Australian organ donation reaches record rates
In the past decade organ donation in Australia has more than doubled, and in the past year even more lives were saved thanks to a record rise in donor consent rates. This places Australia in the top 15 countries in the world for organ donation.
“With the greatest number of people donating their organs, a record 1544 Australians received transplants in 2018 — 144 more than the previous year,” said the Minister responsible for the Organ and Tissue Authority, Ken Wyatt AM.
“We salute from the bottom of our hearts the 554 selfless and generous Australians who have given the gift of life in the past year, especially their families, who play a crucial role by confirming their loved one wanted to be a donor.
“This means that in the 10 years since the national program started, organ donation has more than doubled, saving almost twice the number of people through transplantation.”
The 2018 performance data released by Wyatt and the Organ and Tissue Authority shows increases in national donation and transplant rates.
“One of the key factors driving the increase in donations is a significant rise in the consent rate, from 59% in 2017 to 64% in 2018 — the highest rate ever recorded,” said Wyatt.
“I am confident outcomes will continue to rise as consent rates increase. Organ and tissue donation is now firmly embedded in our hospitals, with over 275 donation specialist nurses, doctors and support staff covering 96 hospitals across Australia.
“Records show that 75% of families say ‘yes’ to donation when a donation specialist is involved in providing support and information to family members in the hospital.”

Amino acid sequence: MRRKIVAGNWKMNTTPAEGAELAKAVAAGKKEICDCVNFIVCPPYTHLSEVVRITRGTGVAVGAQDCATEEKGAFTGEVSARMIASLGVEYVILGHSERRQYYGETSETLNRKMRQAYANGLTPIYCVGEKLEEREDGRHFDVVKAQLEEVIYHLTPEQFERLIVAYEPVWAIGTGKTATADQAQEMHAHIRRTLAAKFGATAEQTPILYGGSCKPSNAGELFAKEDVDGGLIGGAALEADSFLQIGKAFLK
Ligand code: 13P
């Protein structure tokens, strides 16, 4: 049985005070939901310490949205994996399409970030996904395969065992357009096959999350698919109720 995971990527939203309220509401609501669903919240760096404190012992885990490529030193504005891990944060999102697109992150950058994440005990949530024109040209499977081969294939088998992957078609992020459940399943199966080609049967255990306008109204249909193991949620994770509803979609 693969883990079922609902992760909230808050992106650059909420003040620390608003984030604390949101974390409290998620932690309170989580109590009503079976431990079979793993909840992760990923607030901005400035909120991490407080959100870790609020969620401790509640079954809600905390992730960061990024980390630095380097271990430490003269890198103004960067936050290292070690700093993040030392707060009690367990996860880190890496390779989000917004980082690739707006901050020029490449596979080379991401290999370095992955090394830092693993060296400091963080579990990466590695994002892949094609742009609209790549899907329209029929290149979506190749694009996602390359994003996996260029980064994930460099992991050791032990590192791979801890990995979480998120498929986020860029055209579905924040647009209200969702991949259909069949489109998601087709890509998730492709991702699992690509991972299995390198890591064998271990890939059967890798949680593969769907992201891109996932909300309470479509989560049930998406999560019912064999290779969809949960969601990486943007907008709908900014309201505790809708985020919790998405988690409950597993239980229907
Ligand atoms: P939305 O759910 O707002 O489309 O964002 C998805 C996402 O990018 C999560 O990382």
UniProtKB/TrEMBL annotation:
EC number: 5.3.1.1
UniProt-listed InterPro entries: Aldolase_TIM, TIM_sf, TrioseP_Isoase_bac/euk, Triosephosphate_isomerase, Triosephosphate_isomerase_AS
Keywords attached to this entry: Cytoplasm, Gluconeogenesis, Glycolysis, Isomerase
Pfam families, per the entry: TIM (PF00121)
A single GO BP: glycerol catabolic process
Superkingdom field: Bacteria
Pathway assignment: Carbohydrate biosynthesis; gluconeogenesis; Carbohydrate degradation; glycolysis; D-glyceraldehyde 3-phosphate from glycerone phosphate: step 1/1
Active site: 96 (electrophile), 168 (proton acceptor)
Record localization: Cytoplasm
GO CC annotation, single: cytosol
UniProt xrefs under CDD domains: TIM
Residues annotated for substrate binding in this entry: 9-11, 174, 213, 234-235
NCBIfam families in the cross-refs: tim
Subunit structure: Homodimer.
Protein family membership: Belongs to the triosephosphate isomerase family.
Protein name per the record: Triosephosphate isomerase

The consent rate is an international benchmark indicating the number of times donation specialists have donor conversations with next of kin, compared with the proportion of next of kin who agree to donation proceeding.
The 2018 results will place Australia in the top 15 countries in the world for organ donation, with a national donation rate of 22.2 donors per million population (dpmp), a 7% increase on 2017 (20.7 dpmp).
The Organ and Tissue Authority is responsible for the national organ donation program and works with each state and territory to maximise transplant rates and raise community awareness of organ and tissue donation.
NSW man Jayden Cummins, 47, is hoping for a heart transplant. “For those of us on the waiting list, it’s a case of just taking each day as it comes,” Cummins said. “The bottom line is that we need more people to agree to organ donation. It is a life or death decision for us. I can only hope that 2019 is the year when I finally get the phone call that changes my life.”
Registration takes less than a minute via mobile phone, tablet or computer, and can be done at www.donatelife.gov.au.
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